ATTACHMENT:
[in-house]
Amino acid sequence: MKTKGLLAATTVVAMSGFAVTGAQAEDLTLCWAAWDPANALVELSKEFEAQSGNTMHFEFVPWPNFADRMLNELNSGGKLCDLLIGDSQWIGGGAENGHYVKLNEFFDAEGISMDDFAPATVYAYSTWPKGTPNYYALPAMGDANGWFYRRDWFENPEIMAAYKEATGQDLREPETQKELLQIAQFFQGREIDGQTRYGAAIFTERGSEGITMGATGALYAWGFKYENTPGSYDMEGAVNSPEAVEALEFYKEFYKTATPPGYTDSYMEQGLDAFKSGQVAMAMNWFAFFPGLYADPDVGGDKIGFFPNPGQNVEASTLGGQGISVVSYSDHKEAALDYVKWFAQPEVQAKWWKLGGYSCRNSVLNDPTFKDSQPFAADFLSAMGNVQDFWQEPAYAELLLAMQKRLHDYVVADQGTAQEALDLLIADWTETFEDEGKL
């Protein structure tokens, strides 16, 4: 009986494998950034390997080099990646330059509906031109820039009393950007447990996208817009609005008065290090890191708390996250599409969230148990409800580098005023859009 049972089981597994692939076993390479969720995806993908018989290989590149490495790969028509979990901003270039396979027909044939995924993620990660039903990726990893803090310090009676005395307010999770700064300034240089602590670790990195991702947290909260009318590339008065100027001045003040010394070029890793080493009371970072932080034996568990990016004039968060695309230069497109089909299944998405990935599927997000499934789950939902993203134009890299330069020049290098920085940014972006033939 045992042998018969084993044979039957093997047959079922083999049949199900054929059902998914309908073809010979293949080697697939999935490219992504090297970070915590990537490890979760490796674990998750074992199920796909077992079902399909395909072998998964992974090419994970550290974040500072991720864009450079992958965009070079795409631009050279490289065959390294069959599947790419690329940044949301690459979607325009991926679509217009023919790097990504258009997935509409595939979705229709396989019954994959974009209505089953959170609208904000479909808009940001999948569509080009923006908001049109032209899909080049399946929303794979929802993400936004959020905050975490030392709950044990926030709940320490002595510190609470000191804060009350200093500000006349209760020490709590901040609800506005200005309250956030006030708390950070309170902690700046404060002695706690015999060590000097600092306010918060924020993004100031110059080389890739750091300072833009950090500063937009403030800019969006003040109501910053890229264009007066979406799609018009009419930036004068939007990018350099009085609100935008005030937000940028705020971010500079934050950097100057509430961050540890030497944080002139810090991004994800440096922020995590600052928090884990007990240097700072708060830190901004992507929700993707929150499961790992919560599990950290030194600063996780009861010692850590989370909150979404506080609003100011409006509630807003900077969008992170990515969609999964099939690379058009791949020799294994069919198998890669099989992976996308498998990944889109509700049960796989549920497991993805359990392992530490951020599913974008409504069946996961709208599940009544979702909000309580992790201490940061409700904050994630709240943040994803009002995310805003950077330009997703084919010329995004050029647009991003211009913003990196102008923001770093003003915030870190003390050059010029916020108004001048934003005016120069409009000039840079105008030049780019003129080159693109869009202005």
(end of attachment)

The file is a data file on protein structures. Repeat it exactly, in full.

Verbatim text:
[in-house]
Amino acid sequence: MKTKGLLAATTVVAMSGFAVTGAQAEDLTLCWAAWDPANALVELSKEFEAQSGNTMHFEFVPWPNFADRMLNELNSGGKLCDLLIGDSQWIGGGAENGHYVKLNEFFDAEGISMDDFAPATVYAYSTWPKGTPNYYALPAMGDANGWFYRRDWFENPEIMAAYKEATGQDLREPETQKELLQIAQFFQGREIDGQTRYGAAIFTERGSEGITMGATGALYAWGFKYENTPGSYDMEGAVNSPEAVEALEFYKEFYKTATPPGYTDSYMEQGLDAFKSGQVAMAMNWFAFFPGLYADPDVGGDKIGFFPNPGQNVEASTLGGQGISVVSYSDHKEAALDYVKWFAQPEVQAKWWKLGGYSCRNSVLNDPTFKDSQPFAADFLSAMGNVQDFWQEPAYAELLLAMQKRLHDYVVADQGTAQEALDLLIADWTETFEDEGKL
């Protein structure tokens, strides 16, 4: 009986494998950034390997080099990646330059509906031109820039009393950007447990996208817009609005008065290090890191708390996250599409969230148990409800580098005023859009 049972089981597994692939076993390479969720995806993908018989290989590149490495790969028509979990901003270039396979027909044939995924993620990660039903990726990893803090310090009676005395307010999770700064300034240089602590670790990195991702947290909260009318590339008065100027001045003040010394070029890793080493009371970072932080034996568990990016004039968060695309230069497109089909299944998405990935599927997000499934789950939902993203134009890299330069020049290098920085940014972006033939 045992042998018969084993044979039957093997047959079922083999049949199900054929059902998914309908073809010979293949080697697939999935490219992504090297970070915590990537490890979760490796674990998750074992199920796909077992079902399909395909072998998964992974090419994970550290974040500072991720864009450079992958965009070079795409631009050279490289065959390294069959599947790419690329940044949301690459979607325009991926679509217009023919790097990504258009997935509409595939979705229709396989019954994959974009209505089953959170609208904000479909808009940001999948569509080009923006908001049109032209899909080049399946929303794979929802993400936004959020905050975490030392709950044990926030709940320490002595510190609470000191804060009350200093500000006349209760020490709590901040609800506005200005309250956030006030708390950070309170902690700046404060002695706690015999060590000097600092306010918060924020993004100031110059080389890739750091300072833009950090500063937009403030800019969006003040109501910053890229264009007066979406799609018009009419930036004068939007990018350099009085609100935008005030937000940028705020971010500079934050950097100057509430961050540890030497944080002139810090991004994800440096922020995590600052928090884990007990240097700072708060830190901004992507929700993707929150499961790992919560599990950290030194600063996780009861010692850590989370909150979404506080609003100011409006509630807003900077969008992170990515969609999964099939690379058009791949020799294994069919198998890669099989992976996308498998990944889109509700049960796989549920497991993805359990392992530490951020599913974008409504069946996961709208599940009544979702909000309580992790201490940061409700904050994630709240943040994803009002995310805003950077330009997703084919010329995004050029647009991003211009913003990196102008923001770093003003915030870190003390050059010029916020108004001048934003005016120069409009000039840079105008030049780019003129080159693109869009202005």